Adsorption of unfolded structures at interfaces can also induce the formation of helical conformations. Hydrophobins are among the best biosurfactants and
show interesting behavior at interfaces. The hydrophobin SC3 is a fungal protein composed of 136 amino acid residues . In solution, these proteins adopt no specific secondary structure. However, when adsorbed at a hydrophobic Teflon surface, an a-helical structure has been observed (Fig. 13.9) . It should be noted that this a-helical structure is not the most stable global minimum state but can be transformed into a b-sheet structure by heating at 80 °C in the presence of a detergent (Tween). These structural transitions of hydrophobins are also observed at the air-water interface. Adsorption of SC3 first leads to an intermediate a-helical state, which is spontaneously converted into an amorphous b-sheet state. This state subsequently reorganizes into a b-sheet state with a rodlet structure, which could be visualized by AFM after transferring the monolayer from the air-water interface onto a carbon film. Although it is clear that these structural transitions of hydrophobins are caused by adsorption at hydrophobic interfaces, the molecular background of these transitions remains to be uncovered.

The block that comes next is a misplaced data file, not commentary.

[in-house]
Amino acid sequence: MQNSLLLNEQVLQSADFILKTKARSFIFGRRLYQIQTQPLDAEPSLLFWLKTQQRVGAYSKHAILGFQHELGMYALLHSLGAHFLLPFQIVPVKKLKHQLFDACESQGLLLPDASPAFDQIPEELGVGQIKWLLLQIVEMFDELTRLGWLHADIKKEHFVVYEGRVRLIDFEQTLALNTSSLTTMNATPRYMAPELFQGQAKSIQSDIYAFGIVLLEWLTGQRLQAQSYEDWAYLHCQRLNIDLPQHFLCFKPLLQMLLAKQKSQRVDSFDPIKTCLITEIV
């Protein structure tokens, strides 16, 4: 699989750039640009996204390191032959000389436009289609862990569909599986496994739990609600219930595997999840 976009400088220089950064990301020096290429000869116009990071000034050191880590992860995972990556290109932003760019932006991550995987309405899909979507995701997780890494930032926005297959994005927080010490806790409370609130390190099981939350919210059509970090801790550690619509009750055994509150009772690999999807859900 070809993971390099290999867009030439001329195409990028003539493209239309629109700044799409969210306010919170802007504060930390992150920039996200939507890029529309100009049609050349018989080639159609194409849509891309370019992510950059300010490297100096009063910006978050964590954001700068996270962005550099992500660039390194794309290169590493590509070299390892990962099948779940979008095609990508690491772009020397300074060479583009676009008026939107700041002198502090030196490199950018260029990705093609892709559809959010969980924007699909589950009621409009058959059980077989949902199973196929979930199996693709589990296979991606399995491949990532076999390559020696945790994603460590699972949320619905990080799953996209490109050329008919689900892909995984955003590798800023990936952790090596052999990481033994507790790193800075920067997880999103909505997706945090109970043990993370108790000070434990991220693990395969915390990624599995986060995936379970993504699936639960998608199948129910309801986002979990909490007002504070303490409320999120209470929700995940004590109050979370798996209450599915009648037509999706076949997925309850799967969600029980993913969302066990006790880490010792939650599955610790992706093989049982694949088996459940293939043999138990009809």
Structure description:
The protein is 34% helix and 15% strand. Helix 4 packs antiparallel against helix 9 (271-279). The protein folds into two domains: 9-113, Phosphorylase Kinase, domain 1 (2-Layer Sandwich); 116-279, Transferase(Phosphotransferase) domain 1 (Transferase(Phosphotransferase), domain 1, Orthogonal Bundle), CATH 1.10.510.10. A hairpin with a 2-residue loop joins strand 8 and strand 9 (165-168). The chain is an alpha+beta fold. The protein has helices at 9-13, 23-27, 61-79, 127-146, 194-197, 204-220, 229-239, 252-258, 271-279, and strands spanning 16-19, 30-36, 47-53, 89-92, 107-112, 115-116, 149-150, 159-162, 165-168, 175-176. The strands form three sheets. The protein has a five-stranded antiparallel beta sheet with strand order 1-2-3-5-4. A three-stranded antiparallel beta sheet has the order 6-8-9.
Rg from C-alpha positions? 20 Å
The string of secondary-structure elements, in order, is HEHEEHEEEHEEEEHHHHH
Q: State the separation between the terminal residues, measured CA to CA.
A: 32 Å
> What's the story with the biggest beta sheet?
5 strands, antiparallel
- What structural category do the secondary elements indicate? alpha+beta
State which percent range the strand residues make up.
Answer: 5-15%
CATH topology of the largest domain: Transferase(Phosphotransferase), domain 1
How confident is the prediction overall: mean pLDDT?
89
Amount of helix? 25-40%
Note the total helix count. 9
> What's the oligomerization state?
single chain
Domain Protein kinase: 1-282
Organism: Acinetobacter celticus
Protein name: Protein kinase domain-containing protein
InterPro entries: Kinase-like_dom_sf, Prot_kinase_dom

In a related context, a recent modeling study suggests that DNA naturation, i.e. the formation of the double-stranded helix, can also be stimulated by adsorption at interfaces . This modeling study shows that after adsorption of single stranded DNA at a surface the entropy loss created by dimerization of these two strands will be much smaller than in solution, thereby decreasing the free energy for dimerization. Hence, the dimerization process that leads to helix formation is stimulated by the interface and the nucleation barrier is lowered.
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